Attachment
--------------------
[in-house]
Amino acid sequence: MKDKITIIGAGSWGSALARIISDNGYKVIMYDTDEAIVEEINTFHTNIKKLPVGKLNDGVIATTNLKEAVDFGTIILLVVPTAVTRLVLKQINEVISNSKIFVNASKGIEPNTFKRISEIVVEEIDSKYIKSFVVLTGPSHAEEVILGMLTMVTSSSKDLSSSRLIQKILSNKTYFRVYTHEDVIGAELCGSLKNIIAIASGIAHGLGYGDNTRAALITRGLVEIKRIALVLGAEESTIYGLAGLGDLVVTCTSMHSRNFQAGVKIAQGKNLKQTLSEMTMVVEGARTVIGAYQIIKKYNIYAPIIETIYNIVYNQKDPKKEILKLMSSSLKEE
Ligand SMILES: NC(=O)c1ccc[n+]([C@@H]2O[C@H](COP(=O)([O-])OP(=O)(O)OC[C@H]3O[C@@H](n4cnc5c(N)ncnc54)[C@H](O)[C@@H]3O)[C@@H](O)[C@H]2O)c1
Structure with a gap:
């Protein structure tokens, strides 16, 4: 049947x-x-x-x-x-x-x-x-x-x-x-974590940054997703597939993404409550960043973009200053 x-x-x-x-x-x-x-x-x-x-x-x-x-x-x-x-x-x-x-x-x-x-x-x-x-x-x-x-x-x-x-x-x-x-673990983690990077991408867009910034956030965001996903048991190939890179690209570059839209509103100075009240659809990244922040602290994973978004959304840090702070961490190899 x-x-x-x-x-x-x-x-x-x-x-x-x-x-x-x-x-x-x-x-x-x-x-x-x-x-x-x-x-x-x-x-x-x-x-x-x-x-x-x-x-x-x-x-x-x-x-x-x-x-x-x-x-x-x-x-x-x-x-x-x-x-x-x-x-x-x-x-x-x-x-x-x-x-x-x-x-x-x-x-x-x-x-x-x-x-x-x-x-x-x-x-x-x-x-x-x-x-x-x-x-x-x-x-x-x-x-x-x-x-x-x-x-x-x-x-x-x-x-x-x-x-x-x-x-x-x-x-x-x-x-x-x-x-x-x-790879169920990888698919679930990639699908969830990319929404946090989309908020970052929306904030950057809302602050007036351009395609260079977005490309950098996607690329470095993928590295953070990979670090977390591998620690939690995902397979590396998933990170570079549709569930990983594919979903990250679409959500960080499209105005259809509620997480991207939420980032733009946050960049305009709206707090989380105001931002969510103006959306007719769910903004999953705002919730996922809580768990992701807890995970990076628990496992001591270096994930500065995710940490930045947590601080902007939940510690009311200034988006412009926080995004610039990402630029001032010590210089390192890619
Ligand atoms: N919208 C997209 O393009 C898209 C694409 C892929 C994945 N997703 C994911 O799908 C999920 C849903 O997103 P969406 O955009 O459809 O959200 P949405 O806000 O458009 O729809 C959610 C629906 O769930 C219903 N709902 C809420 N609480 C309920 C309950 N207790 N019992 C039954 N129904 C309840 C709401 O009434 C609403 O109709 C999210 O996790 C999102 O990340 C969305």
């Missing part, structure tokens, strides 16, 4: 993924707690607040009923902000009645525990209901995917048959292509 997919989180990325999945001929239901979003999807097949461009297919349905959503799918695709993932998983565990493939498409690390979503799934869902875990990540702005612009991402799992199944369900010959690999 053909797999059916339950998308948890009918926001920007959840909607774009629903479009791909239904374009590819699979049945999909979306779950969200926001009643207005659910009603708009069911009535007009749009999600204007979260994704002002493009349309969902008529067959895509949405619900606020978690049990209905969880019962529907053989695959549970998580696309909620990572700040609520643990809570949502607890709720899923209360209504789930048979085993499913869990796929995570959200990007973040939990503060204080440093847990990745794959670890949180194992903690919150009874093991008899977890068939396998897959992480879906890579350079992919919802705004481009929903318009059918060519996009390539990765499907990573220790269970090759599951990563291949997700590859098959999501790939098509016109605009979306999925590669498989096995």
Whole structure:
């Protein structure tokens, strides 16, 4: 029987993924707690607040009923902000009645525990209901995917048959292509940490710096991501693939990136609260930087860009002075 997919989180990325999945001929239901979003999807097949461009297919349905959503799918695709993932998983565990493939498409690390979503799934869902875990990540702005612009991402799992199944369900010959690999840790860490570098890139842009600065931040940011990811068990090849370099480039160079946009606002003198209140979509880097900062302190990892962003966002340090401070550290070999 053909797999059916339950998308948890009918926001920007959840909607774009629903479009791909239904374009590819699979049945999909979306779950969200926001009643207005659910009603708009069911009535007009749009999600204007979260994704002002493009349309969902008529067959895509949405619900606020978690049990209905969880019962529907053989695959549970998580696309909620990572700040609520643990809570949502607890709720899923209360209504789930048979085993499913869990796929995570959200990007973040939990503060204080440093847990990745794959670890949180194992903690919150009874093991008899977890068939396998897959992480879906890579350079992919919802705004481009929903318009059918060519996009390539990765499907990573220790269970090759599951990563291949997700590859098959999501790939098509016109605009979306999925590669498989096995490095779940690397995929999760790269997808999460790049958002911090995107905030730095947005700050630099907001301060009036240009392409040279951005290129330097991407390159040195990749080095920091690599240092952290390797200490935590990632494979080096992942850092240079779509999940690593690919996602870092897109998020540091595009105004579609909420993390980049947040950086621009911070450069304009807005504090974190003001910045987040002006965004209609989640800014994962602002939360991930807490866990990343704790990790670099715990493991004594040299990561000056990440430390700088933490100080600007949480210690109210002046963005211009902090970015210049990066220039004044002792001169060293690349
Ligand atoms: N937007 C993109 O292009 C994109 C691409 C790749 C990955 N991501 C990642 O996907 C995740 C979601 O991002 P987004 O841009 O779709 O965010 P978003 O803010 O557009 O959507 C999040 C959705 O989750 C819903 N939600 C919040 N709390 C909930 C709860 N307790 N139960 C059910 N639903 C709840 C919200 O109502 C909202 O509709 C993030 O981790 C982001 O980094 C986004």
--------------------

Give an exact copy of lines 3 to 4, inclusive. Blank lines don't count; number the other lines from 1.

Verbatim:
Ligand SMILES: NC(=O)c1ccc[n+]([C@@H]2O[C@H](COP(=O)([O-])OP(=O)(O)OC[C@H]3O[C@@H](n4cnc5c(N)ncnc54)[C@H](O)[C@@H]3O)[C@@H](O)[C@H]2O)c1
Structure with a gap: